In this, step, we will connect the buzzer to the Arduino. Start by identifying the positive and negative pins on the buzzer. Most passive buzzers (and all active buzzers) will be polarized, i.e. they can only be connected to power one way and not the other.

This image has an empty alt attribute; its file name is image-10.jpeg
Positive Wire of Buzzer (Red)
Positive Leg of Buzzer (longer)

You should be able to identify the positive and negative pins from the above image. All that is left now is to connect it to the Arduino. The negative pin from the buzzer can be connected to any of the available GND (Ground) pins while the positive pin can be connected to any of the digital output pins (from 0 to 13). For this tutorial, I am connecting it to pin 13. Here is an image of how this will look-

Arduino Circuit with Buzzer

Step 3: Writing code to make the buzzer beep

In this step, we will be writing the code that controls our buzzer. To start, we will just switch it on and off every half a second. If you are not familiar with Arduino programming, click here to learn how to get started with Arduino.

int buzzPin = 13;

void setup() {
	pinMode(buzzPin, OUTPUT);

void loop() {
	digitalWrite(buzzPin, HIGH);
	digitalWrite(buzzPin, LOW);

Let’s understand this code line by line. In the first line, I create a variable buzzpin and give it a value of 13. This is the pin which controls the buzzer, make sure you assign it the same value as the pin your buzzer is connected to.

I then set the pin to output by saying pinMode(buzzpin, OUTPUT) and then change its state over and over again from on to off and back every half a second. You can upload this to the board and play with the delay a bit to get different beeps. If your buzzer does not work then make sure your code is alright and it is firmly connected the the board.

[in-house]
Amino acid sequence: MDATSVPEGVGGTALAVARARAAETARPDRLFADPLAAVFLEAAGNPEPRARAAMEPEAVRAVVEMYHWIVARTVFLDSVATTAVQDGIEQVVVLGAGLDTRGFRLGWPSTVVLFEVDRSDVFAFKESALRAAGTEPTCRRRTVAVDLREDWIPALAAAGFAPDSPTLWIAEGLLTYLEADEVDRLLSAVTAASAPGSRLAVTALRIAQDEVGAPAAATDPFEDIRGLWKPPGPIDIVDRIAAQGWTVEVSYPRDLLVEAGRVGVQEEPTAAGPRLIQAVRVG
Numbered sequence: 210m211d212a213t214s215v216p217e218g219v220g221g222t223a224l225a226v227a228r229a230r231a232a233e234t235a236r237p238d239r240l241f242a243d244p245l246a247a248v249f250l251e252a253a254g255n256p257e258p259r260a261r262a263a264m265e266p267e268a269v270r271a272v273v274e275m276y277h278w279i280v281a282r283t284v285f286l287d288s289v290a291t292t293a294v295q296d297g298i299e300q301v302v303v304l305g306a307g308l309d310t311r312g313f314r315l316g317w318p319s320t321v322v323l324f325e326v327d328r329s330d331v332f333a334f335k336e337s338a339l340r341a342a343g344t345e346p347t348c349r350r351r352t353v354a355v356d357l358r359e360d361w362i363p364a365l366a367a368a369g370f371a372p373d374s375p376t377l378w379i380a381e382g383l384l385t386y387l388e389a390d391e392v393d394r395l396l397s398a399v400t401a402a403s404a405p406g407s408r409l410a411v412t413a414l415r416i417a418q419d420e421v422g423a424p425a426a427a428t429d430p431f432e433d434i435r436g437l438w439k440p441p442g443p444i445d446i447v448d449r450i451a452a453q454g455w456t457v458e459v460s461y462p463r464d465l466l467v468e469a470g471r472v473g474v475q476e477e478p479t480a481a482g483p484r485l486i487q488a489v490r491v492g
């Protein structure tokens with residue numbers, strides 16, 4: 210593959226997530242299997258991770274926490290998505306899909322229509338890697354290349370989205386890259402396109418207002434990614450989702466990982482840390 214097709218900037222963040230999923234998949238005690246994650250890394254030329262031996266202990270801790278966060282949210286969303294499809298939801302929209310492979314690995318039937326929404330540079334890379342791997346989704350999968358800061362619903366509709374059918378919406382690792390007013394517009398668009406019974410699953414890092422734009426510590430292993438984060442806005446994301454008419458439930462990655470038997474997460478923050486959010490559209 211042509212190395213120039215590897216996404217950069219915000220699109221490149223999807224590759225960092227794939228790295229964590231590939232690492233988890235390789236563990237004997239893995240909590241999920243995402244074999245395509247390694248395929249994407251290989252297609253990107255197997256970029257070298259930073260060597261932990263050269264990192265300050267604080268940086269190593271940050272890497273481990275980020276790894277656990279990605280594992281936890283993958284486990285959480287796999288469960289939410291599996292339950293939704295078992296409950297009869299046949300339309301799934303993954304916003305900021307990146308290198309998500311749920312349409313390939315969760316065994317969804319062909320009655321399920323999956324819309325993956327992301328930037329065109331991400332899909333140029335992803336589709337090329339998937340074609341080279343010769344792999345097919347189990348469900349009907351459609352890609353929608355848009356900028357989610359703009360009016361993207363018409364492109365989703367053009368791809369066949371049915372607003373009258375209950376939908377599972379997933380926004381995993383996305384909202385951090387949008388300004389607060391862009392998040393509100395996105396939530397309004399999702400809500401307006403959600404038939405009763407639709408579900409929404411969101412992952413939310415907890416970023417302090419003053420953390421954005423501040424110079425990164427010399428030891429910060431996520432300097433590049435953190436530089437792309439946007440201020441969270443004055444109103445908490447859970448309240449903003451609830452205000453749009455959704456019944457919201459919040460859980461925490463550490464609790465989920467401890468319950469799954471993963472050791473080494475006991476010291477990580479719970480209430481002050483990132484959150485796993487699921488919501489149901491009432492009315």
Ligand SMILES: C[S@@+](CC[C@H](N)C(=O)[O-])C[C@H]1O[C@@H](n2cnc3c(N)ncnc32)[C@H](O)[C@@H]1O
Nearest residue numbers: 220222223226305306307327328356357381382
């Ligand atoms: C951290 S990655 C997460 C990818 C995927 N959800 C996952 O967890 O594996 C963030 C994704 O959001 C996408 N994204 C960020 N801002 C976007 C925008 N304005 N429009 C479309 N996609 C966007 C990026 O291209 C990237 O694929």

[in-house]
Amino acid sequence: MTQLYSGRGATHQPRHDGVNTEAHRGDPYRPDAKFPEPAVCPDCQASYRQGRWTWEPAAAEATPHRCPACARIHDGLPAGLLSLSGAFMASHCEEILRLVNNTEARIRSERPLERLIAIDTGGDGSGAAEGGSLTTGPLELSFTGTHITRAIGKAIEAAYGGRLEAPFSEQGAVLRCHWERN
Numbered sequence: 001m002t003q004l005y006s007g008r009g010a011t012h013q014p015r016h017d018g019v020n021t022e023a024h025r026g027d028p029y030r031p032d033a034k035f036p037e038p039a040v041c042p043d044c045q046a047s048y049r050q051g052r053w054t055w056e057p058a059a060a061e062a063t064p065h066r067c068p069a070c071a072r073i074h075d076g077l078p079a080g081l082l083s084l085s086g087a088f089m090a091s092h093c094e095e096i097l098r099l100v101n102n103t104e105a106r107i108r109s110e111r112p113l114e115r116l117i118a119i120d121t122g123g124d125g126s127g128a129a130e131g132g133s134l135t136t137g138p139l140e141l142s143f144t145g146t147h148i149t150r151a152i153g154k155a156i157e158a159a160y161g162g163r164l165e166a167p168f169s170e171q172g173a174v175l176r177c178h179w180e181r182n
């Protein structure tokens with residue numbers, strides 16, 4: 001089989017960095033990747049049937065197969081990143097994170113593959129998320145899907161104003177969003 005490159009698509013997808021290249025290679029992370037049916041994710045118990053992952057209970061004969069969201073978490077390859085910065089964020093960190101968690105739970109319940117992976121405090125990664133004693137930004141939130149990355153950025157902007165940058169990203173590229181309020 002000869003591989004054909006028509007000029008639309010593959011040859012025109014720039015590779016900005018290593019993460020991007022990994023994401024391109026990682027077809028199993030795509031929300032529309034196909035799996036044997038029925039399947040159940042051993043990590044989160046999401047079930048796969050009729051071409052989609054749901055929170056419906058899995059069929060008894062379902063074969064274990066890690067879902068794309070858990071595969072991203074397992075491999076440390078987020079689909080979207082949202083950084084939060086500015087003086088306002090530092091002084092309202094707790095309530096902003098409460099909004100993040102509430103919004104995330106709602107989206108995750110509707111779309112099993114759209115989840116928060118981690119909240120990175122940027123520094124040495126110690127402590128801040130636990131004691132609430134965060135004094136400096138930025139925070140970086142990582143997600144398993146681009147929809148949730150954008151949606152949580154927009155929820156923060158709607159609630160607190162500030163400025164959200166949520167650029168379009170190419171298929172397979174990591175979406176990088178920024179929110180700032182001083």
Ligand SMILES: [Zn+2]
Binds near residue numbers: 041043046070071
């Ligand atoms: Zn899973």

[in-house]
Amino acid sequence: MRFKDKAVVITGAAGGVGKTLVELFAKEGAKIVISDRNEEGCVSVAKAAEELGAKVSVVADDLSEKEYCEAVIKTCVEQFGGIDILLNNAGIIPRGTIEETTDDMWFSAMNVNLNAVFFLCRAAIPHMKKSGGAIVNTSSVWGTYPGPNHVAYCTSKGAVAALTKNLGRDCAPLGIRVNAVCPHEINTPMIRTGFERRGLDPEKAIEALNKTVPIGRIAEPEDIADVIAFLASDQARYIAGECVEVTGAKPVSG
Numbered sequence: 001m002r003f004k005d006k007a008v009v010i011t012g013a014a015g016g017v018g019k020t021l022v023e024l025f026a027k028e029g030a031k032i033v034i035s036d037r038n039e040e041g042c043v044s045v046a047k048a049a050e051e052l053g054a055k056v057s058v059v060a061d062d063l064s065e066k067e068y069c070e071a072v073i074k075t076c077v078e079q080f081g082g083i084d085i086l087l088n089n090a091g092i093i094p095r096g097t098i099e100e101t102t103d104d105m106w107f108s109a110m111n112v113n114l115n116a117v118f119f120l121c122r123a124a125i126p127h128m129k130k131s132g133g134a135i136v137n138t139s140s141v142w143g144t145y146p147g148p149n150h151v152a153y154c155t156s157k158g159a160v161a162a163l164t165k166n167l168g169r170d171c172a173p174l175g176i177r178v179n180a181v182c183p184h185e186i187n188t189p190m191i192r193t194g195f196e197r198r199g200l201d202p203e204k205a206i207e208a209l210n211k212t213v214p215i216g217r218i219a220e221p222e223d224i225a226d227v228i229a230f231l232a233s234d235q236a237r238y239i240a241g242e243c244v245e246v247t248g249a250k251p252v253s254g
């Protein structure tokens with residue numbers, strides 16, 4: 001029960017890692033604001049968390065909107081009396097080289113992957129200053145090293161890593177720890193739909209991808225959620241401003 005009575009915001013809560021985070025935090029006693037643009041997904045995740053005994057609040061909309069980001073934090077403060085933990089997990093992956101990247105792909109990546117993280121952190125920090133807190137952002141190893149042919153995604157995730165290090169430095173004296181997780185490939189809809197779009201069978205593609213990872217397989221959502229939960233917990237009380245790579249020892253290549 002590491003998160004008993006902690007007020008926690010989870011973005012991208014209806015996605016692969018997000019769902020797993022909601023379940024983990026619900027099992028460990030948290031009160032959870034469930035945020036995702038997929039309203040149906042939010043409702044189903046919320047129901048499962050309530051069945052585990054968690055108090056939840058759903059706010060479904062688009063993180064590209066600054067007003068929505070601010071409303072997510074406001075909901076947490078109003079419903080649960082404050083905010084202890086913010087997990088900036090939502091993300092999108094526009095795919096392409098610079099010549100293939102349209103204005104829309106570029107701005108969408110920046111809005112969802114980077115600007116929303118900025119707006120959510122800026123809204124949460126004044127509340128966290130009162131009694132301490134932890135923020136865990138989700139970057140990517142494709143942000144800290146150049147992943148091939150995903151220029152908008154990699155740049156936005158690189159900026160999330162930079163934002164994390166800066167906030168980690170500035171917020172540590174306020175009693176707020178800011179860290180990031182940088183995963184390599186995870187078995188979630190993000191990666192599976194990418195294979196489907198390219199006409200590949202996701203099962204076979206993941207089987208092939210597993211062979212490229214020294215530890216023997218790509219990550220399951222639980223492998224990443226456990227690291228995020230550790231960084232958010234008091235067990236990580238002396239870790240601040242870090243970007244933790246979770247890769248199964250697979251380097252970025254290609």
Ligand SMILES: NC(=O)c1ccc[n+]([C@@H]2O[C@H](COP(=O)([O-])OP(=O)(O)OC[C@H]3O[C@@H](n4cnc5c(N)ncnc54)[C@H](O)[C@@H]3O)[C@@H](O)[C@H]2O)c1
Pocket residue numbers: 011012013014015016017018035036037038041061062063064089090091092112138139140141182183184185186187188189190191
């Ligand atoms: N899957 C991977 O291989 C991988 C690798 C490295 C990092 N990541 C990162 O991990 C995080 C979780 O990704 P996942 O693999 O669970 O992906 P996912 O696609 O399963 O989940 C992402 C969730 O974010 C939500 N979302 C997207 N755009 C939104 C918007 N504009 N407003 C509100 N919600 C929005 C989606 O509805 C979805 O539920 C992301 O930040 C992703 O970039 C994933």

If the problem persists then try replacing the buzzer with an LED (keeping the polarity right) and if the led works, then you can know for certain that fault is in your buzzer and not the circuit or code.

Now that we have learned how to switch the buzzer on and off, let’s play musical notes!

Step 4: Tone function to play musical notes

Before we play musical notes, let us quickly understand what they are. Musical notes are simply sounds of specific frequencies. When played in the right order and for the right duration (by an experienced musician) they can create music. In an Arduino, this can be done using the tone function.

This might be sounding a lot like PWM to some of you, however it is not so. In Pulse Width modulation, the frequency is kept constant while the duty cycle (ratio of on-time to off-time) of the wave is changed. In tone, however, the duty cycle is kept constant (50%) while the frequency is changed.

int buzzPin = 13;

void setup() {
	pinMode(buzzPin, OUTPUT);

void loop() {
	tone(buzzPin, 262, 150);	// Sa or Do
	tone(buzzPin, 294, 150);	// Re or Ri
	tone(buzzPin, 330, 150);	// Ga or Mi
	tone(buzzPin, 349, 150);	// Ma or Fa
	tone(buzzPin, 392, 150);	// Pa or So
	tone(buzzPin, 440, 150);	// Dha or La
	tone(buzzPin, 493, 150);	// Ni or Ti

The tone function has 3 parameters (which you might have already realized). We first tell it which pin is being used. In this case we are using buzzPin. We then tell it the frequency we need to play in Hertz (The minimum frequency accepted by the tone function is 31 Hz). and then finally for how long(in milliseconds). That’s it!

Also, do keep in mind that while using tone, you can not use PWM on pins 3 and 11 on the UNO due to both using the same internal timer. Trying to do so will give undefined behaviour.

Final Remarks

Hope it helps you play around with Buzzers and have fun!

Feel free to leave your comments/thoughts.

Additional Resources (for more info.)

  1. Tone() function reference
  2. NoTone() function reference

1 thought on “Using Buzzers with Arduino”

  1. I’m so happy to read this. This is the kind of manual that needs to be given and not the accidental misinformation that is at the other blogs. Appreciate your sharing this greatest doc.